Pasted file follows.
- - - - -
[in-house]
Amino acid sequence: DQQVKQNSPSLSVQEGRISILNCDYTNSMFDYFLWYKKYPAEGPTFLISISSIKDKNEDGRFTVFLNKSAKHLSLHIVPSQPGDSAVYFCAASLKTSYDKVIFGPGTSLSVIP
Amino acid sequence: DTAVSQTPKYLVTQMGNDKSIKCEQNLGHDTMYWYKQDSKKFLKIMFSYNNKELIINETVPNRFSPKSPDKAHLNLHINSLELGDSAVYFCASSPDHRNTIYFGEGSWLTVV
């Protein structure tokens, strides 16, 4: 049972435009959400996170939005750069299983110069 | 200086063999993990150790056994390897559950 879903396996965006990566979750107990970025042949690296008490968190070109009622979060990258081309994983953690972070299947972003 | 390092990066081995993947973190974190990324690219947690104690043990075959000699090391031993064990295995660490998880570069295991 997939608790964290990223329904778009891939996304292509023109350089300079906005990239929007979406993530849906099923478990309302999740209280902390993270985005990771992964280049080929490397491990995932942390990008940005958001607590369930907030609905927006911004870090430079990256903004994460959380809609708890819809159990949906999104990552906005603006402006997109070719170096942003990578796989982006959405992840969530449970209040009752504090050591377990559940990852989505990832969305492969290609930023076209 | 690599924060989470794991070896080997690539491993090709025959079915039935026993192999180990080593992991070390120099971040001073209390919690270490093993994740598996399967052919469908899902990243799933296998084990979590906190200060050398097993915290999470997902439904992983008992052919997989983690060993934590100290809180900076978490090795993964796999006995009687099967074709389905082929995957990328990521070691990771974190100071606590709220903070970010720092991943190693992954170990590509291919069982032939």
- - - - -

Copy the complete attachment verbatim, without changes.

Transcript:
[in-house]
Amino acid sequence: DQQVKQNSPSLSVQEGRISILNCDYTNSMFDYFLWYKKYPAEGPTFLISISSIKDKNEDGRFTVFLNKSAKHLSLHIVPSQPGDSAVYFCAASLKTSYDKVIFGPGTSLSVIP
Amino acid sequence: DTAVSQTPKYLVTQMGNDKSIKCEQNLGHDTMYWYKQDSKKFLKIMFSYNNKELIINETVPNRFSPKSPDKAHLNLHINSLELGDSAVYFCASSPDHRNTIYFGEGSWLTVV
């Protein structure tokens, strides 16, 4: 049972435009959400996170939005750069299983110069 | 200086063999993990150790056994390897559950 879903396996965006990566979750107990970025042949690296008490968190070109009622979060990258081309994983953690972070299947972003 | 390092990066081995993947973190974190990324690219947690104690043990075959000699090391031993064990295995660490998880570069295991 997939608790964290990223329904778009891939996304292509023109350089300079906005990239929007979406993530849906099923478990309302999740209280902390993270985005990771992964280049080929490397491990995932942390990008940005958001607590369930907030609905927006911004870090430079990256903004994460959380809609708890819809159990949906999104990552906005603006402006997109070719170096942003990578796989982006959405992840969530449970209040009752504090050591377990559940990852989505990832969305492969290609930023076209 | 690599924060989470794991070896080997690539491993090709025959079915039935026993192999180990080593992991070390120099971040001073209390919690270490093993994740598996399967052919469908899902990243799933296998084990979590906190200060050398097993915290999470997902439904992983008992052919997989983690060993934590100290809180900076978490090795993964796999006995009687099967074709389905082929995957990328990521070691990771974190100071606590709220903070970010720092991943190693992954170990590509291919069982032939």